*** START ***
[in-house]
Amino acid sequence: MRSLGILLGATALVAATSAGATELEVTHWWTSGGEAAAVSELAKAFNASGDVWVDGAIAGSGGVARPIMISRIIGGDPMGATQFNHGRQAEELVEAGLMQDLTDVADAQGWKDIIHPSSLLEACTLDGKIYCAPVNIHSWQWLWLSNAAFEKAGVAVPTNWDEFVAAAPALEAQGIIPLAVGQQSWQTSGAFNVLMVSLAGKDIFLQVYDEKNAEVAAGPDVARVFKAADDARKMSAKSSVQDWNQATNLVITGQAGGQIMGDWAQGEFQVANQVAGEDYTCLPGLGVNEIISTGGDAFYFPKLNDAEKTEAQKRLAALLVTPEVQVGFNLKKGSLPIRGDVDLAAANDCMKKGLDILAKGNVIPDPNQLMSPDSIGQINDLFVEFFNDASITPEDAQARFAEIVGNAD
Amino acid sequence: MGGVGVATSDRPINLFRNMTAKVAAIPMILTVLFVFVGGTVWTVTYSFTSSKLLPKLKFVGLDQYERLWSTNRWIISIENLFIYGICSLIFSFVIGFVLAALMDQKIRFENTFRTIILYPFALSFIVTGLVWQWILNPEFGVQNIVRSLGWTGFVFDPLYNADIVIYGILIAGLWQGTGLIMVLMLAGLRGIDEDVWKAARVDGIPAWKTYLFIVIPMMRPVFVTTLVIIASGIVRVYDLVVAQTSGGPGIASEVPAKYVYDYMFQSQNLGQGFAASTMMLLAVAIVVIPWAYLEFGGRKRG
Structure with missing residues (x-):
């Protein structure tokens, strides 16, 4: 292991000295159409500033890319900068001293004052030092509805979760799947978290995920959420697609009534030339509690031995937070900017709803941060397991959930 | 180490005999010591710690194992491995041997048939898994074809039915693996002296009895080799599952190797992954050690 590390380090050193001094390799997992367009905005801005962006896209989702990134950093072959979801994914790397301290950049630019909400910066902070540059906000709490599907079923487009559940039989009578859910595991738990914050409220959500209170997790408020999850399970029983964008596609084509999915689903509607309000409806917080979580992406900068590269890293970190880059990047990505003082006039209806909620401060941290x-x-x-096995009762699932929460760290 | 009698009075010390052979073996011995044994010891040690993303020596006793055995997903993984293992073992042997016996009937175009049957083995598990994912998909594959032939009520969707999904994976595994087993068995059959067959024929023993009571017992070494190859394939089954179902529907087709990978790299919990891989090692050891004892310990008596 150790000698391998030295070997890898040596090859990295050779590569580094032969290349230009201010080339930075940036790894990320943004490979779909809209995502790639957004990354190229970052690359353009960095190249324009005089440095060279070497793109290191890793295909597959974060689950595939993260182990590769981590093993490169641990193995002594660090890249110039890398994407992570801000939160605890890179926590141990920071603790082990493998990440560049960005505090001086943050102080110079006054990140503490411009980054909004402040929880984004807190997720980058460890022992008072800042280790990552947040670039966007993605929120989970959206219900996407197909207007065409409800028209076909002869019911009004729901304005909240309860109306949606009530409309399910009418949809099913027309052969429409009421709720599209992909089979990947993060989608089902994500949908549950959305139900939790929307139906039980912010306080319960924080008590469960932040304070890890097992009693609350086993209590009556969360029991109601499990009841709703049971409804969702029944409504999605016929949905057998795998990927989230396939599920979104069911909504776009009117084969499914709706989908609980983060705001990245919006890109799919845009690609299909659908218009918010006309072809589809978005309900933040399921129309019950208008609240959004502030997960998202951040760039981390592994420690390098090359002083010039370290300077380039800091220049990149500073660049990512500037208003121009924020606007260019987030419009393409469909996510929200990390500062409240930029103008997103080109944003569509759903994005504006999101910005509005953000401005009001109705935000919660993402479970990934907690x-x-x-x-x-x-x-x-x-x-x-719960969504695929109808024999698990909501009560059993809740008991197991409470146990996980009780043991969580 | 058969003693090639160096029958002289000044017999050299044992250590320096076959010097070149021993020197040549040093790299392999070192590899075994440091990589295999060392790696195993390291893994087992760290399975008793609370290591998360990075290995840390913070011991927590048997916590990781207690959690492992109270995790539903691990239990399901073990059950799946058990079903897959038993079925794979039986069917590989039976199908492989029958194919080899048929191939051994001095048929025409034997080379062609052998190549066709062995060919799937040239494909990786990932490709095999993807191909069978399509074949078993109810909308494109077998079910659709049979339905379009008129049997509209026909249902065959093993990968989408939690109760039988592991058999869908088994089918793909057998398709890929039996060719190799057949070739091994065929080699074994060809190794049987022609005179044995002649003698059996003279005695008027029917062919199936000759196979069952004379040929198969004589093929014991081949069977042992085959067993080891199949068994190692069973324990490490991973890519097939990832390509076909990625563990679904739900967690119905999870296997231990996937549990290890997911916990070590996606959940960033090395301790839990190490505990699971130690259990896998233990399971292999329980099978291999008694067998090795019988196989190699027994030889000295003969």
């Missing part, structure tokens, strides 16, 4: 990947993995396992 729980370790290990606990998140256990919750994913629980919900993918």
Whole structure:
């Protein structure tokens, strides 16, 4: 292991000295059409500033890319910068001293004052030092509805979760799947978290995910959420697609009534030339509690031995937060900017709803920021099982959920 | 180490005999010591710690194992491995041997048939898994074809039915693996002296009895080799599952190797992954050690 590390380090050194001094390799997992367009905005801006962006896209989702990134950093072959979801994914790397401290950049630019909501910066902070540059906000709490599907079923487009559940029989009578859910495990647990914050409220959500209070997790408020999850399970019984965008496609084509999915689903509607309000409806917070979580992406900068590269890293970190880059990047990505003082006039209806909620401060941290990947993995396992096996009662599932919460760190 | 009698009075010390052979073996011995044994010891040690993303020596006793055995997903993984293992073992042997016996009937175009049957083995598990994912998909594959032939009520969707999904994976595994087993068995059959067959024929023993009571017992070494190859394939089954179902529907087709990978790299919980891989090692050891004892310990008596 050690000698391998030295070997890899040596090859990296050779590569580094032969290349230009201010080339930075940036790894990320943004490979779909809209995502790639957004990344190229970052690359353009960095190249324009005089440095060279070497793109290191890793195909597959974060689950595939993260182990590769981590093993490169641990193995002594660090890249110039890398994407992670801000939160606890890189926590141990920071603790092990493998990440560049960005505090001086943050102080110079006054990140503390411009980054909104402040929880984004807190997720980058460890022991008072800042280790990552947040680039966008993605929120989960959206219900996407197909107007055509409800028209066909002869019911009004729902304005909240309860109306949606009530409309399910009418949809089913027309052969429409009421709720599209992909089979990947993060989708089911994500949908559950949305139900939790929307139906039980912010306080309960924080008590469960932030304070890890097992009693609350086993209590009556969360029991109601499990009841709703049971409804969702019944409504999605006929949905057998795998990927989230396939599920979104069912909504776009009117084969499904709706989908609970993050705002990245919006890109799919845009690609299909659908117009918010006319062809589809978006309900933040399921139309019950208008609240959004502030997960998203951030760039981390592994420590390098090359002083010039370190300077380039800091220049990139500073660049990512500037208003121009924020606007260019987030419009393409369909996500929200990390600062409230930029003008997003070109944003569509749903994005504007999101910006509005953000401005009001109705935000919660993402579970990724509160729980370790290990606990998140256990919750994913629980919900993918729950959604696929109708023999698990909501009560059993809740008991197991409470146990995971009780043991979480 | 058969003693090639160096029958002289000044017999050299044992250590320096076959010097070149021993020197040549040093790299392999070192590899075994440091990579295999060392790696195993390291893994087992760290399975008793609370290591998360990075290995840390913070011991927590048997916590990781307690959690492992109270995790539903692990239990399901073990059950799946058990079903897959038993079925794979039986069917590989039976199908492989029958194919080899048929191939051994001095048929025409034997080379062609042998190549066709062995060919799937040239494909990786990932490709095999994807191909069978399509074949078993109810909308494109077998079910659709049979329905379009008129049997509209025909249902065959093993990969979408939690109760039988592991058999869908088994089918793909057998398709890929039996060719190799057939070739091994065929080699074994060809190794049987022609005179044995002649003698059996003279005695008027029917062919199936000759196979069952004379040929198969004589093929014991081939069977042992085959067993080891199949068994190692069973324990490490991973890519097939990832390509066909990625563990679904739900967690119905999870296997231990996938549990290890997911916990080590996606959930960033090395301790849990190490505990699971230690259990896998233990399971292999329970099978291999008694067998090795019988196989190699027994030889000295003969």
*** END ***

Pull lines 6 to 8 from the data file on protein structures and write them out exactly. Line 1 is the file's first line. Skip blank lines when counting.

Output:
């Missing part, structure tokens, strides 16, 4: 990947993995396992 729980370790290990606990998140256990919750994913629980919900993918």
Whole structure:
């Protein structure tokens, strides 16, 4: 292991000295059409500033890319910068001293004052030092509805979760799947978290995910959420697609009534030339509690031995937060900017709803920021099982959920 | 180490005999010591710690194992491995041997048939898994074809039915693996002296009895080799599952190797992954050690 590390380090050194001094390799997992367009905005801006962006896209989702990134950093072959979801994914790397401290950049630019909501910066902070540059906000709490599907079923487009559940029989009578859910495990647990914050409220959500209070997790408020999850399970019984965008496609084509999915689903509607309000409806917070979580992406900068590269890293970190880059990047990505003082006039209806909620401060941290990947993995396992096996009662599932919460760190 | 009698009075010390052979073996011995044994010891040690993303020596006793055995997903993984293992073992042997016996009937175009049957083995598990994912998909594959032939009520969707999904994976595994087993068995059959067959024929023993009571017992070494190859394939089954179902529907087709990978790299919980891989090692050891004892310990008596 050690000698391998030295070997890899040596090859990296050779590569580094032969290349230009201010080339930075940036790894990320943004490979779909809209995502790639957004990344190229970052690359353009960095190249324009005089440095060279070497793109290191890793195909597959974060689950595939993260182990590769981590093993490169641990193995002594660090890249110039890398994407992670801000939160606890890189926590141990920071603790092990493998990440560049960005505090001086943050102080110079006054990140503390411009980054909104402040929880984004807190997720980058460890022991008072800042280790990552947040680039966008993605929120989960959206219900996407197909107007055509409800028209066909002869019911009004729902304005909240309860109306949606009530409309399910009418949809089913027309052969429409009421709720599209992909089979990947993060989708089911994500949908559950949305139900939790929307139906039980912010306080309960924080008590469960932030304070890890097992009693609350086993209590009556969360029991109601499990009841709703049971409804969702019944409504999605006929949905057998795998990927989230396939599920979104069912909504776009009117084969499904709706989908609970993050705002990245919006890109799919845009690609299909659908117009918010006319062809589809978006309900933040399921139309019950208008609240959004502030997960998203951030760039981390592994420590390098090359002083010039370190300077380039800091220049990139500073660049990512500037208003121009924020606007260019987030419009393409369909996500929200990390600062409230930029003008997003070109944003569509749903994005504007999101910006509005953000401005009001109705935000919660993402579970990724509160729980370790290990606990998140256990919750994913629980919900993918729950959604696929109708023999698990909501009560059993809740008991197991409470146990995971009780043991979480 | 058969003693090639160096029958002289000044017999050299044992250590320096076959010097070149021993020197040549040093790299392999070192590899075994440091990579295999060392790696195993390291893994087992760290399975008793609370290591998360990075290995840390913070011991927590048997916590990781307690959690492992109270995790539903692990239990399901073990059950799946058990079903897959038993079925794979039986069917590989039976199908492989029958194919080899048929191939051994001095048929025409034997080379062609042998190549066709062995060919799937040239494909990786990932490709095999994807191909069978399509074949078993109810909308494109077998079910659709049979329905379009008129049997509209025909249902065959093993990969979408939690109760039988592991058999869908088994089918793909057998398709890929039996060719190799057939070739091994065929080699074994060809190794049987022609005179044995002649003698059996003279005695008027029917062919199936000759196979069952004379040929198969004589093929014991081939069977042992085959067993080891199949068994190692069973324990490490991973890519097939990832390509066909990625563990679904739900967690119905999870296997231990996938549990290890997911916990080590996606959930960033090395301790849990190490505990699971230690259990896998233990399971292999329970099978291999008694067998090795019988196989190699027994030889000295003969």